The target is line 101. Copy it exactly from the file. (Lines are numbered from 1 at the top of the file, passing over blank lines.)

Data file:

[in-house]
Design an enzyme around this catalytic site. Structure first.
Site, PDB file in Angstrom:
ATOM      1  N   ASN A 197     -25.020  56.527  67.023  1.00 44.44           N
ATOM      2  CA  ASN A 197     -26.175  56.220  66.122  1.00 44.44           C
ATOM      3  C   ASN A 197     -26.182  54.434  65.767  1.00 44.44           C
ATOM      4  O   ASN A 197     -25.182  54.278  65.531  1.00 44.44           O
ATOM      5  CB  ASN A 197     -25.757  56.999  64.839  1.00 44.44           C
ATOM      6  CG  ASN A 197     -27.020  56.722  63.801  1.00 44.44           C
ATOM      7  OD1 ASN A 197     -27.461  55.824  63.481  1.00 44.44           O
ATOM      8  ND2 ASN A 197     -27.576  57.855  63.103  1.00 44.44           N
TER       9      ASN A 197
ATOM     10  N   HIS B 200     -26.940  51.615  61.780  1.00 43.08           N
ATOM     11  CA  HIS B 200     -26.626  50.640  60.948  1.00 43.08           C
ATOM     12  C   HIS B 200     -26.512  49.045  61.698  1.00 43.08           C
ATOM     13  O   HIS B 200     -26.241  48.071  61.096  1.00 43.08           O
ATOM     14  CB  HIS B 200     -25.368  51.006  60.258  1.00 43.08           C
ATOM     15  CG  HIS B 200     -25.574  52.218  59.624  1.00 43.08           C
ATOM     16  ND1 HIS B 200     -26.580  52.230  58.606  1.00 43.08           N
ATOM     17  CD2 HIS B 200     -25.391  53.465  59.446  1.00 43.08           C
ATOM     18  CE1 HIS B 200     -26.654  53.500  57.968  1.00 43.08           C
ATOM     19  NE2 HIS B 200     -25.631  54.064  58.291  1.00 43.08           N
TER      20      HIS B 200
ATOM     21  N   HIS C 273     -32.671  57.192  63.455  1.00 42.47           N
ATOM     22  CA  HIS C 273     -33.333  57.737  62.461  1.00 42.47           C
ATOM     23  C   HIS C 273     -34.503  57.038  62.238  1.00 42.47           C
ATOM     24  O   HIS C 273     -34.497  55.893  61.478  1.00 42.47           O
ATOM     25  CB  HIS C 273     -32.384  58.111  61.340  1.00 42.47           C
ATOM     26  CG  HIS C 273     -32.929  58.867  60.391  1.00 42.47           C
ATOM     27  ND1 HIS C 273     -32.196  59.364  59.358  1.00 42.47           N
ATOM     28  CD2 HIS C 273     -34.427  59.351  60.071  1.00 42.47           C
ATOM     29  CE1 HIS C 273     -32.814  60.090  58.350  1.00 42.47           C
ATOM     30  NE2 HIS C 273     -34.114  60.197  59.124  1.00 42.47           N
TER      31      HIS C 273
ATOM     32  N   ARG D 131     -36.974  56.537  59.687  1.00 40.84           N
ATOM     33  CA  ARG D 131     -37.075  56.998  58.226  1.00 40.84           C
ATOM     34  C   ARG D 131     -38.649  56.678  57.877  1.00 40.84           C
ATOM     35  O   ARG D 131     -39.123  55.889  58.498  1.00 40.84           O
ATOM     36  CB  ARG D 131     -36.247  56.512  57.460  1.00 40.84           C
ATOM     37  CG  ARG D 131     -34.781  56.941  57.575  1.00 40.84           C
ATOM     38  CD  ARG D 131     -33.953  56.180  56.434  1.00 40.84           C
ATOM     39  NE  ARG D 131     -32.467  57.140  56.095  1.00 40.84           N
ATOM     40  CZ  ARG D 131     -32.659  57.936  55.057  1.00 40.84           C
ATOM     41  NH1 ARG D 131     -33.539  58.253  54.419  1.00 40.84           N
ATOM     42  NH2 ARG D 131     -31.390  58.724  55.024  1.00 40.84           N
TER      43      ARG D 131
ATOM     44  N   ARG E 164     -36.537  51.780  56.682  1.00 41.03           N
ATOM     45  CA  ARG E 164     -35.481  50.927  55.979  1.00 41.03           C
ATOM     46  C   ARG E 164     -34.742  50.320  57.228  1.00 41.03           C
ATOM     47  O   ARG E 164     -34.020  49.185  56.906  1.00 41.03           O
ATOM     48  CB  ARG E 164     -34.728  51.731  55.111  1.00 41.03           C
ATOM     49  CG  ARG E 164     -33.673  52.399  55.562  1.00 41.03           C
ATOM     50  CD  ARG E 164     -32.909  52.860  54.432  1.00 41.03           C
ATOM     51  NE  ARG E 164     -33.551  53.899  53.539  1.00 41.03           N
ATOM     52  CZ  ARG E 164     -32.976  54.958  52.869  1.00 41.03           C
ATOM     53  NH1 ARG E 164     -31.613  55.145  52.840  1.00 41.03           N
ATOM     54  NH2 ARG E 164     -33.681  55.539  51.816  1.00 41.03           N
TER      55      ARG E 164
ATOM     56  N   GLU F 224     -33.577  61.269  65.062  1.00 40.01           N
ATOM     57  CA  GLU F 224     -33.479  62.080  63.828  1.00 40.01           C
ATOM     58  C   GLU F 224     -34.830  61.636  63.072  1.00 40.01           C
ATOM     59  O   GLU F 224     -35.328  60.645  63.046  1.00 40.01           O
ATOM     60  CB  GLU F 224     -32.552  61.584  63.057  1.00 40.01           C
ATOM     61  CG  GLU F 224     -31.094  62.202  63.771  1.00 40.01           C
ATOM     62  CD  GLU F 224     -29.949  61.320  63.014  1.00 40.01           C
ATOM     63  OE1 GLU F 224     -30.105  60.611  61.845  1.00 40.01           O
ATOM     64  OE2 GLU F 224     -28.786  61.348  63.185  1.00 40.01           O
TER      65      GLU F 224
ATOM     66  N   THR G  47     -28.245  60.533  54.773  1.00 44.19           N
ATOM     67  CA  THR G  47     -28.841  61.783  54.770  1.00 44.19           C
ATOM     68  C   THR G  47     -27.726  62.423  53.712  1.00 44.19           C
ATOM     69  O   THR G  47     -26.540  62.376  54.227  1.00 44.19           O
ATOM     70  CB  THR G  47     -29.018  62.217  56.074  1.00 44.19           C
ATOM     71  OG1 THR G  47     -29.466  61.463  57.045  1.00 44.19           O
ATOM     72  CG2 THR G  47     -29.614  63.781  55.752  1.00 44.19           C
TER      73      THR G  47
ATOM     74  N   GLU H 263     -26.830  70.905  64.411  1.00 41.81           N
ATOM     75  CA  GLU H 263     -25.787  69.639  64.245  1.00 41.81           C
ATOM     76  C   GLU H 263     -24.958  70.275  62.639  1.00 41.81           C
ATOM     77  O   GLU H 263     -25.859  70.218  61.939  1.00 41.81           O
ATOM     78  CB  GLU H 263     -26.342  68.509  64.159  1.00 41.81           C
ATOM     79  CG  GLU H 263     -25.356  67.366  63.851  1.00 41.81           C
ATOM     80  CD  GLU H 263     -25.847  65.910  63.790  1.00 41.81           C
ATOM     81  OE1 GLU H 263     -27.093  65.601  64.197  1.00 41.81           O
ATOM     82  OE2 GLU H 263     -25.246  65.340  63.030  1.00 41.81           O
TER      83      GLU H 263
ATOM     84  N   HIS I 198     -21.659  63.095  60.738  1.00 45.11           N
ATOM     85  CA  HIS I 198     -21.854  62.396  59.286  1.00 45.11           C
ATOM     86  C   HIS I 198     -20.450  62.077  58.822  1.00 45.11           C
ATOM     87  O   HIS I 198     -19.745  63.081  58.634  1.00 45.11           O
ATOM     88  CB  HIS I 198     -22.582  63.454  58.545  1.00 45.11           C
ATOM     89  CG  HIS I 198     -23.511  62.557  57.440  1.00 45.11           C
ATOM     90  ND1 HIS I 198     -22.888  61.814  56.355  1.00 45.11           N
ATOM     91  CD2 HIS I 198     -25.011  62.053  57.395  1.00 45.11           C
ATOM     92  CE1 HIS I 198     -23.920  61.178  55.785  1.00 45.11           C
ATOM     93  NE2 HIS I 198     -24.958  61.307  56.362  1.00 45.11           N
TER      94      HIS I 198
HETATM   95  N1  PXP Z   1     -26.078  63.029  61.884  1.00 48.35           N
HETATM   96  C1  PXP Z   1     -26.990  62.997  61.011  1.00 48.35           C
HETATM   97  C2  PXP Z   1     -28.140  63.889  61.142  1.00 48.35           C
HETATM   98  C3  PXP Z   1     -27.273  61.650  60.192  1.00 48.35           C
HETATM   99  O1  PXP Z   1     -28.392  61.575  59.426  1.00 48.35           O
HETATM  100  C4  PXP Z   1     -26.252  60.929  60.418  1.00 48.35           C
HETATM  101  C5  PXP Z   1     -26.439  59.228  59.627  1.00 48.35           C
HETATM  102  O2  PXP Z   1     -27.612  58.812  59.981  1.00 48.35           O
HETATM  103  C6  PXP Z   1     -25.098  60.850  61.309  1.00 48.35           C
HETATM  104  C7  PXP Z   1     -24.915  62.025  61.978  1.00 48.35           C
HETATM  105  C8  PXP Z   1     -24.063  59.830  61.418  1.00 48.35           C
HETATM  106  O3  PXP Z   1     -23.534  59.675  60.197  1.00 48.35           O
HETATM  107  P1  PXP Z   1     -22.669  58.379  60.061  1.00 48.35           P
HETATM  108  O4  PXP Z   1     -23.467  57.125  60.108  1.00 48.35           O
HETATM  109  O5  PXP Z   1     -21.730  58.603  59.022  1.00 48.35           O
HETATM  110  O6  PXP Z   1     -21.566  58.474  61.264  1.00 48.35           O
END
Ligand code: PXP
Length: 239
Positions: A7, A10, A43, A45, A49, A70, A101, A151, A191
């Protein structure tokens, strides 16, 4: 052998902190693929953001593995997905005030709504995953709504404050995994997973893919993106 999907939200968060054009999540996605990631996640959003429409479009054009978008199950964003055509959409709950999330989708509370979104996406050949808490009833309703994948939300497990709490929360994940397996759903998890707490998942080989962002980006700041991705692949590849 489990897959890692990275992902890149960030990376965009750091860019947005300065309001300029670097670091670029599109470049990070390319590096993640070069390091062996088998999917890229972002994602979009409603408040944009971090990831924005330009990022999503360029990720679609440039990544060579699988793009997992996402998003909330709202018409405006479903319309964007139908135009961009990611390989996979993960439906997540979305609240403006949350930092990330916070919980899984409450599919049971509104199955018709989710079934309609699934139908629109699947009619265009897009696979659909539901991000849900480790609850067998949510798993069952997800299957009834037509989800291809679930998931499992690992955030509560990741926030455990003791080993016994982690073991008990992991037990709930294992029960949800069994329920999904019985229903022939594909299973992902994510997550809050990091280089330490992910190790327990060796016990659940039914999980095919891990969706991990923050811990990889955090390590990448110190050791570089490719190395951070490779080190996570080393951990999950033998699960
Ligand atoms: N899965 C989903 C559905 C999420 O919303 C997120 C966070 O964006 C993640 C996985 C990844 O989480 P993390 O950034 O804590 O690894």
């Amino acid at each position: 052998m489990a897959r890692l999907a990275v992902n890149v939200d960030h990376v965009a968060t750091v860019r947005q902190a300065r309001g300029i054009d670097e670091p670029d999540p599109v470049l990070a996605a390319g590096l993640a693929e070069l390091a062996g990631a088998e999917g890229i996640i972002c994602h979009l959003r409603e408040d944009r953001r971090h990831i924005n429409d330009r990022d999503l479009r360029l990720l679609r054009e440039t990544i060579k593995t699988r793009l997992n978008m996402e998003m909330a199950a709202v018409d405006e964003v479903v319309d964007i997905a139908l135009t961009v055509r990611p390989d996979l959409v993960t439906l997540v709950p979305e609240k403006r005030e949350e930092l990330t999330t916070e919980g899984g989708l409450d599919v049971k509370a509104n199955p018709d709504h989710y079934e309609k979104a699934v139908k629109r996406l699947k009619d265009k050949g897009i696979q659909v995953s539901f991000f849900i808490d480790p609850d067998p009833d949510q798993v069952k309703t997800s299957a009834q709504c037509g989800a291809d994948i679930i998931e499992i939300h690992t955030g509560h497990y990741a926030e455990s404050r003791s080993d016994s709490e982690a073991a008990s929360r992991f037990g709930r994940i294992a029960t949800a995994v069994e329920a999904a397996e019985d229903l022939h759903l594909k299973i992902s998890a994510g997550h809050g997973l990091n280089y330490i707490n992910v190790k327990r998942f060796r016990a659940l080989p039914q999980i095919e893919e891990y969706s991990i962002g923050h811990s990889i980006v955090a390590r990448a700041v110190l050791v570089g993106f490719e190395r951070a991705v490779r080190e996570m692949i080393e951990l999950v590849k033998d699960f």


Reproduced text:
HETATM   98  C3  PXP Z   1     -27.273  61.650  60.192  1.00 48.35           C